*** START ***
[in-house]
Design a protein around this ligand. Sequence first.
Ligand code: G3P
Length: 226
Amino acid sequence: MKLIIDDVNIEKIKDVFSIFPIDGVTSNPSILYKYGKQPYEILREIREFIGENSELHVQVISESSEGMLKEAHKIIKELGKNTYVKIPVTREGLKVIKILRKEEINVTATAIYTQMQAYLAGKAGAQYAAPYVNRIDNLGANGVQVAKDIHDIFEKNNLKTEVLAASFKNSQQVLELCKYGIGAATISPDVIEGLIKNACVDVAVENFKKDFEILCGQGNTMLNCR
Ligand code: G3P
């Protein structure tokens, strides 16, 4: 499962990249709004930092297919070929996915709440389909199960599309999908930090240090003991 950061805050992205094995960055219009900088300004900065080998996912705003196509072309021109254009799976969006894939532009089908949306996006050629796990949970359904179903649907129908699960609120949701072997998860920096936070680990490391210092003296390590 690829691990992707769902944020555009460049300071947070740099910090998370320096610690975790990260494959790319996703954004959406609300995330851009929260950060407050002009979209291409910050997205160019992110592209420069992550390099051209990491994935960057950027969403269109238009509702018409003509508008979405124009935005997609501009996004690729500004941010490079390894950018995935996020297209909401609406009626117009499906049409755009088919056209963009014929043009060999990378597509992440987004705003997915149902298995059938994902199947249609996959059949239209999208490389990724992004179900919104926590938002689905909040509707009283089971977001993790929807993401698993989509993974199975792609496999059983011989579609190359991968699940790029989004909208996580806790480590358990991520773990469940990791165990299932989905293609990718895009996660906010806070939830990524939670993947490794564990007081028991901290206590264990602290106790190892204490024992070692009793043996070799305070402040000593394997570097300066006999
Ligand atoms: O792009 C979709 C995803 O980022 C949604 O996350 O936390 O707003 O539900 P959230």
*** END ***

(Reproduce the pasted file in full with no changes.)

[in-house]
Design a protein around this ligand. Sequence first.
Ligand code: G3P
Length: 226
Amino acid sequence: MKLIIDDVNIEKIKDVFSIFPIDGVTSNPSILYKYGKQPYEILREIREFIGENSELHVQVISESSEGMLKEAHKIIKELGKNTYVKIPVTREGLKVIKILRKEEINVTATAIYTQMQAYLAGKAGAQYAAPYVNRIDNLGANGVQVAKDIHDIFEKNNLKTEVLAASFKNSQQVLELCKYGIGAATISPDVIEGLIKNACVDVAVENFKKDFEILCGQGNTMLNCR
Ligand code: G3P
């Protein structure tokens, strides 16, 4: 499962990249709004930092297919070929996915709440389909199960599309999908930090240090003991 950061805050992205094995960055219009900088300004900065080998996912705003196509072309021109254009799976969006894939532009089908949306996006050629796990949970359904179903649907129908699960609120949701072997998860920096936070680990490391210092003296390590 690829691990992707769902944020555009460049300071947070740099910090998370320096610690975790990260494959790319996703954004959406609300995330851009929260950060407050002009979209291409910050997205160019992110592209420069992550390099051209990491994935960057950027969403269109238009509702018409003509508008979405124009935005997609501009996004690729500004941010490079390894950018995935996020297209909401609406009626117009499906049409755009088919056209963009014929043009060999990378597509992440987004705003997915149902298995059938994902199947249609996959059949239209999208490389990724992004179900919104926590938002689905909040509707009283089971977001993790929807993401698993989509993974199975792609496999059983011989579609190359991968699940790029989004909208996580806790480590358990991520773990469940990791165990299932989905293609990718895009996660906010806070939830990524939670993947490794564990007081028991901290206590264990602290106790190892204490024992070692009793043996070799305070402040000593394997570097300066006999
Ligand atoms: O792009 C979709 C995803 O980022 C949604 O996350 O936390 O707003 O539900 P959230």